Thursday, September 5, 2013

Alignment of Planetary Nebulae Puzzles Scientists

Couldn't pass this one by without comment. Here is the beginning of an article posted at Space.com.
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Planetary Nebula Alignment Has Astronomers Scratching Their Heads


Space.com  |  By Mike Wall Posted:
Dying stars that are among the most beautiful objects in the universe tend to line up across the night sky, and astronomers aren't sure why. These "cosmic butterflies" — actually a certain type of planetary nebula — all have their own formation histories, and they don't interact with each other. But something is apparently making them dance in step, scientists using NASA's Hubble Space Telescope and the European Southern Observatory's New Technology Telescope (NTT) have discovered.
"This really is a surprising find and, if it holds true, a very important one,"study lead author Bryan Rees, of the University of Manchester in the United Kingdom, said in a statement. "Many of these ghostly butterflies appear to have their long axes aligned along the plane of our galaxy. By using images from both Hubble and the NTT we could get a really good view of these objects, so we could study them in great detail."
This mosaic shows a selection of stunning images of bipolar planetary nebulae taken by Hubble. Row 1 (from upper left): NGC 6302, NGC 6881, NGC 5189 Row 2 (from lower left) : M2-9, Hen 3-1475, Hubble 5.
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Okay, the first thing I see is a stunning array of toroidal vortices at galactic scale. Is it too controversial to suggest that large-scale, unseen, bi-polar electromagnetic and gravitational forces caused material to array itself into these vortices? The article says that what puzzles the scientists is not necessarily the presence of these vortices, but the fact that they are arrayed along the same axes, no matter their location. The study's lead author notes that these axes also align with the plane of our Milky Way, and he is puzzled by this, as well, as our Milky Way has no interaction with these far-away nebulae.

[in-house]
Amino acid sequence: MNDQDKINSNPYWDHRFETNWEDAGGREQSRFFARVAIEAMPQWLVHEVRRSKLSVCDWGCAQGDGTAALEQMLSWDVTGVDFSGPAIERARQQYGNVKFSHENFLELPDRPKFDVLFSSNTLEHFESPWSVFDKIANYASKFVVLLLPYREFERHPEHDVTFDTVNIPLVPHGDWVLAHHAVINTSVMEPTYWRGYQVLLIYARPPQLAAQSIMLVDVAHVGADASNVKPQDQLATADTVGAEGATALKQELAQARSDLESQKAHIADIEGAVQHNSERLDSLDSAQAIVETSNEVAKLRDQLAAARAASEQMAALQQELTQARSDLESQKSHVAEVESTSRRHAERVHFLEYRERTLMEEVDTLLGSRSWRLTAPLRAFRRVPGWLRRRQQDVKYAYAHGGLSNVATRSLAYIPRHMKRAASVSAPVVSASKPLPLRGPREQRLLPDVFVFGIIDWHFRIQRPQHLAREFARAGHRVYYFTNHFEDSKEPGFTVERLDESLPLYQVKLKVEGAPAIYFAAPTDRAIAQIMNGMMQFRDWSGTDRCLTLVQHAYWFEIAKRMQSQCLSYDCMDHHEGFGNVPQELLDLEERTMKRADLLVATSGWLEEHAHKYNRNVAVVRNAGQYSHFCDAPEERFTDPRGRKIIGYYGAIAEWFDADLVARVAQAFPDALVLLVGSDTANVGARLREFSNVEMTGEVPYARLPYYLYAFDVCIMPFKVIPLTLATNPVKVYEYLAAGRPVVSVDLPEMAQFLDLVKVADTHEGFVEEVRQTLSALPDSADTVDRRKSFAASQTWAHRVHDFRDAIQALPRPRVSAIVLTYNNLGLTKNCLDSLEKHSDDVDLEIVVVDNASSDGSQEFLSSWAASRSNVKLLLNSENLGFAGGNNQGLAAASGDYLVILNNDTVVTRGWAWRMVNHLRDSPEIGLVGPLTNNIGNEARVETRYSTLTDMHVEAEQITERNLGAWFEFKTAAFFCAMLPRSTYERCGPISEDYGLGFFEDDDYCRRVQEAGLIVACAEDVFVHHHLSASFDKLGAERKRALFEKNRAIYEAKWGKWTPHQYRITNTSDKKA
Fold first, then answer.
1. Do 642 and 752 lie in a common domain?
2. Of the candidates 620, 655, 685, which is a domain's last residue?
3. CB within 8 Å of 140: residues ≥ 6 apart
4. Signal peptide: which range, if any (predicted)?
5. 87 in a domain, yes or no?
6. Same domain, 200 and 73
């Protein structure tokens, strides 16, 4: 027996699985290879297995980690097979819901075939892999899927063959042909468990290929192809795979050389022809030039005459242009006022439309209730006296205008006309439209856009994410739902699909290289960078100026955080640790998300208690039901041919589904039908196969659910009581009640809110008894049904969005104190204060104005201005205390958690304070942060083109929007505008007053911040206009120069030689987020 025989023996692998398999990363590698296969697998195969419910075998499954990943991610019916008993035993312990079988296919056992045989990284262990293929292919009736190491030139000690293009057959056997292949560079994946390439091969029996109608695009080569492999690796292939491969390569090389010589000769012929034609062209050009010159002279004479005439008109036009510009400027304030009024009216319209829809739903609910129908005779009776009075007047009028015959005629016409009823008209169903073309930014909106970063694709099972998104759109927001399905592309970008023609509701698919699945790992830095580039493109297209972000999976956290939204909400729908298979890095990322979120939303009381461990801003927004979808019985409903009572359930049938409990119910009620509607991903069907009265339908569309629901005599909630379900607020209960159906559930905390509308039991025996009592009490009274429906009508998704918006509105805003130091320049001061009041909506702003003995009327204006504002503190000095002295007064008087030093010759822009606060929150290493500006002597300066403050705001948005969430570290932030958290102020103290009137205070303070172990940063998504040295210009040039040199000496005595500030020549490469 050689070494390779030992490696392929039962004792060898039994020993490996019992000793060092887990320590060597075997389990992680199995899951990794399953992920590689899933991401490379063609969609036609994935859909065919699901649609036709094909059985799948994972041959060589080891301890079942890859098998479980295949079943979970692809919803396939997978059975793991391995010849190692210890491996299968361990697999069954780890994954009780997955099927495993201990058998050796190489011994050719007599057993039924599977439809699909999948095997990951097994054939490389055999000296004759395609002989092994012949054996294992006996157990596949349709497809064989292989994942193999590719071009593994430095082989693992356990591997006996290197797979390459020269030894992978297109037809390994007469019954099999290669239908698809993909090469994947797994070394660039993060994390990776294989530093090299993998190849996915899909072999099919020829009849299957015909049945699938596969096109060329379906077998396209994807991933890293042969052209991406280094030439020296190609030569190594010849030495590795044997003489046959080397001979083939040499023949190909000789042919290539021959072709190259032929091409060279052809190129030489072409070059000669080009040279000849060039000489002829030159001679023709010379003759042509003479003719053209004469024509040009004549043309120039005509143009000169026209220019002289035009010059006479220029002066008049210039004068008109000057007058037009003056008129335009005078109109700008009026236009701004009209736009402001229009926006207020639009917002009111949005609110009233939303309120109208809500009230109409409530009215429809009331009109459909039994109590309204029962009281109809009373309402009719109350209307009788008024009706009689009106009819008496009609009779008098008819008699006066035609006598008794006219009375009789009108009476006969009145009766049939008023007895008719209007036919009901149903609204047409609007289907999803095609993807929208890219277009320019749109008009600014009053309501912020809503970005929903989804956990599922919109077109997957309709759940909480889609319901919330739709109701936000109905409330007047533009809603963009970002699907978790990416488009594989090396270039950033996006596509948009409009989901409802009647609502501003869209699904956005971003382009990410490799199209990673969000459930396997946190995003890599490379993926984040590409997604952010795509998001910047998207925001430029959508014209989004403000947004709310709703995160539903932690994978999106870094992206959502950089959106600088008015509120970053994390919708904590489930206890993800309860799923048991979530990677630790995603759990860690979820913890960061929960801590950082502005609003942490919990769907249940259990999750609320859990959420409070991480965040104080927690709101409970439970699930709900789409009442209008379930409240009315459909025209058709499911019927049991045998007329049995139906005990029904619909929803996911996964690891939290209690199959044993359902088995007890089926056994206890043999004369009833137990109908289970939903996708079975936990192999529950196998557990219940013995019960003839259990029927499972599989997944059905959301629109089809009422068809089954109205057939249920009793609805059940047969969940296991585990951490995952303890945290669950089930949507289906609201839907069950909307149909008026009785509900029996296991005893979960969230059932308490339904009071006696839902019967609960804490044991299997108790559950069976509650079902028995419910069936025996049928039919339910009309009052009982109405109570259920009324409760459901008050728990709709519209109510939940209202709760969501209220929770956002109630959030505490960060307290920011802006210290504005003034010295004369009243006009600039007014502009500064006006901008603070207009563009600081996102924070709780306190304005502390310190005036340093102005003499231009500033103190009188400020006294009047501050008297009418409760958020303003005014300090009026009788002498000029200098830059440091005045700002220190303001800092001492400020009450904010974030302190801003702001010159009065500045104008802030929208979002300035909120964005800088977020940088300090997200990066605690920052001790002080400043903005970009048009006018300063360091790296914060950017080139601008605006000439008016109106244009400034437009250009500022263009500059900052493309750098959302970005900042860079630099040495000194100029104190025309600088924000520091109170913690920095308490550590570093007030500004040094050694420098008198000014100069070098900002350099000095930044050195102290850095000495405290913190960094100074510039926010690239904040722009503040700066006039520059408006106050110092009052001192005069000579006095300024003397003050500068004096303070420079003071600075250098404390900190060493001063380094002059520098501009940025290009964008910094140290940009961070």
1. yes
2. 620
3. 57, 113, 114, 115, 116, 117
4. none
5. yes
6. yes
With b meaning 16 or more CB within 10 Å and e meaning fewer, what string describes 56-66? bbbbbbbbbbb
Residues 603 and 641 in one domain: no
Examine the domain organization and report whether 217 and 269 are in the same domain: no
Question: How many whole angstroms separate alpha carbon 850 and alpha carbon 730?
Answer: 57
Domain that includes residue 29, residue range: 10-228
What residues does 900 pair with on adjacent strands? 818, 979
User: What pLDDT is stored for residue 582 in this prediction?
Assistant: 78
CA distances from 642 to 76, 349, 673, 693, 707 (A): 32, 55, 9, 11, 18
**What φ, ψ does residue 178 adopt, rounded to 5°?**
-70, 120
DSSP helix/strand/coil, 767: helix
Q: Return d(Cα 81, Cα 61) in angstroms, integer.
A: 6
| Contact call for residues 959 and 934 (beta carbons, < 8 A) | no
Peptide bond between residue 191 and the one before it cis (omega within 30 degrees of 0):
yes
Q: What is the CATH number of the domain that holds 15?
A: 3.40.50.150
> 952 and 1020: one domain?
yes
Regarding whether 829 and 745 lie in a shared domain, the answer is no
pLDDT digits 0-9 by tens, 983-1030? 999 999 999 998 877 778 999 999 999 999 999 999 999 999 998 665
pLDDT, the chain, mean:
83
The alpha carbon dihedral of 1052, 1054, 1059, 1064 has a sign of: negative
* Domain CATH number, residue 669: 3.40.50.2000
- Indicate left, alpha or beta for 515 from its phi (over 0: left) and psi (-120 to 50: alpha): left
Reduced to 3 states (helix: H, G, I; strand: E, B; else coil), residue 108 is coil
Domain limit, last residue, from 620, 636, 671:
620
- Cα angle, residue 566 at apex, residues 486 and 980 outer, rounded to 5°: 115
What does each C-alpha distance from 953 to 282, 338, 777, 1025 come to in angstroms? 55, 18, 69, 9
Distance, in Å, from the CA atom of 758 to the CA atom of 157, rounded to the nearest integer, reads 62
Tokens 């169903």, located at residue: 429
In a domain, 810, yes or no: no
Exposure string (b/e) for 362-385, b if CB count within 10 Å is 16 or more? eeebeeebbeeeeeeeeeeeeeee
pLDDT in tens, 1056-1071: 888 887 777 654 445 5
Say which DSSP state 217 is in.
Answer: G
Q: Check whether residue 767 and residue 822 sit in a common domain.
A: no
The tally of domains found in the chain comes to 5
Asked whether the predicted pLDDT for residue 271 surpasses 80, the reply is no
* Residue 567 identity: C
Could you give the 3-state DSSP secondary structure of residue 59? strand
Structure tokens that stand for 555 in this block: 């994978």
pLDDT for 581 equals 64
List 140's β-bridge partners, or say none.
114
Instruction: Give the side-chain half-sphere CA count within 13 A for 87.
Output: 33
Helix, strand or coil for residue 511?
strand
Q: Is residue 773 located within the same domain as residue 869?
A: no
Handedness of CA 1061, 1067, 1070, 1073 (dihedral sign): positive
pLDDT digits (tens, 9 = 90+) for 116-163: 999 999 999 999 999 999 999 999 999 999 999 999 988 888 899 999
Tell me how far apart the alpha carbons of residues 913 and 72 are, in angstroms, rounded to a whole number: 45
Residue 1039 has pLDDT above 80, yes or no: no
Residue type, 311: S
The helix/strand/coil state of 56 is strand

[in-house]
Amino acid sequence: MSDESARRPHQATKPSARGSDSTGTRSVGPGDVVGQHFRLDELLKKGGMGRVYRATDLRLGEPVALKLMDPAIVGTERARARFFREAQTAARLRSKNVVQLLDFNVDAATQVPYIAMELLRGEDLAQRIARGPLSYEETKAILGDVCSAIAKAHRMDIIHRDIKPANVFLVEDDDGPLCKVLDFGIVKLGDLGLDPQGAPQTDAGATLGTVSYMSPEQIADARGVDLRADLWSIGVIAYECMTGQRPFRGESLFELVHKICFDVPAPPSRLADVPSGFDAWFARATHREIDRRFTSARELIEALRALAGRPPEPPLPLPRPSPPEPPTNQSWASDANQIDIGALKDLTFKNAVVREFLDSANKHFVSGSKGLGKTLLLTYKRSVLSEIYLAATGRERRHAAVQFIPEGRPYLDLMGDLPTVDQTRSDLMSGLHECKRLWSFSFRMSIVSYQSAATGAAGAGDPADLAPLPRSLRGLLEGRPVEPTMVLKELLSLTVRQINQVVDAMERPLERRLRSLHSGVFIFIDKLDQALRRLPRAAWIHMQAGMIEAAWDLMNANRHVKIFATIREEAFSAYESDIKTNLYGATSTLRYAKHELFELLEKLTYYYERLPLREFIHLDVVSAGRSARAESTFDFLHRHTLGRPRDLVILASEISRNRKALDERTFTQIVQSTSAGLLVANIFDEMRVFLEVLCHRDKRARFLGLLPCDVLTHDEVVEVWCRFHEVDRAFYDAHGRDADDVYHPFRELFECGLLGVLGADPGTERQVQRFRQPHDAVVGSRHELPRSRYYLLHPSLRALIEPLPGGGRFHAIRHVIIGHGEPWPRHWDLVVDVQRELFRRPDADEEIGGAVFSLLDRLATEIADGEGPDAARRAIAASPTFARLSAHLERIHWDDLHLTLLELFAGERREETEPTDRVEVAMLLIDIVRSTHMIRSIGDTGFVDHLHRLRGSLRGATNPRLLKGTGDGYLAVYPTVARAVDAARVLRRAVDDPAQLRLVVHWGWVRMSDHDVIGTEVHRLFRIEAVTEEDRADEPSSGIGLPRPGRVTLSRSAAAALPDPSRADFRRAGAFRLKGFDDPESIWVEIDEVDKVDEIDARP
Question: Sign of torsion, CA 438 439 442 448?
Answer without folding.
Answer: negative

Scientists have discovered that the long axes of bi-polar planetary nebulae align with the plane of the Milky Way. The plane in the illustration above should be tilted like this / to portray it accurately in space.
The Simple Explanation cosmological theory suggests that our universe is brimming with fractal toroidal forces at various scales, from the tiniest sub-atomic particles to the largest cosmic phenomena.

The Simple Explanation's version of the Big Bang envisions the prototype of all toruses actually enveloping and defining the shape of our universe. This toroidal membrane, the originating fractal formula, describes and contains our particular space/time continuum. In this theory, there would indeed be a bi-polar axis through the middle of our universe, with toroidal motion at the farthest edges of our space, sending waves of gravitational influence (for want of a better term) inward toward the middle from the outer 'brane, and waves of expansive energy from the middle outward, feeding universal expansion from the center.  In other words, I predict astronomers will soon find one of these "butterflies" at the middle of our universe.

The Simple Explanation of the alignment of planetary nebulae with our Milky Way galaxy is that all of these objects are aligning themselves with the mother of all "butterfly" vortices at universal center.

Any thoughts?

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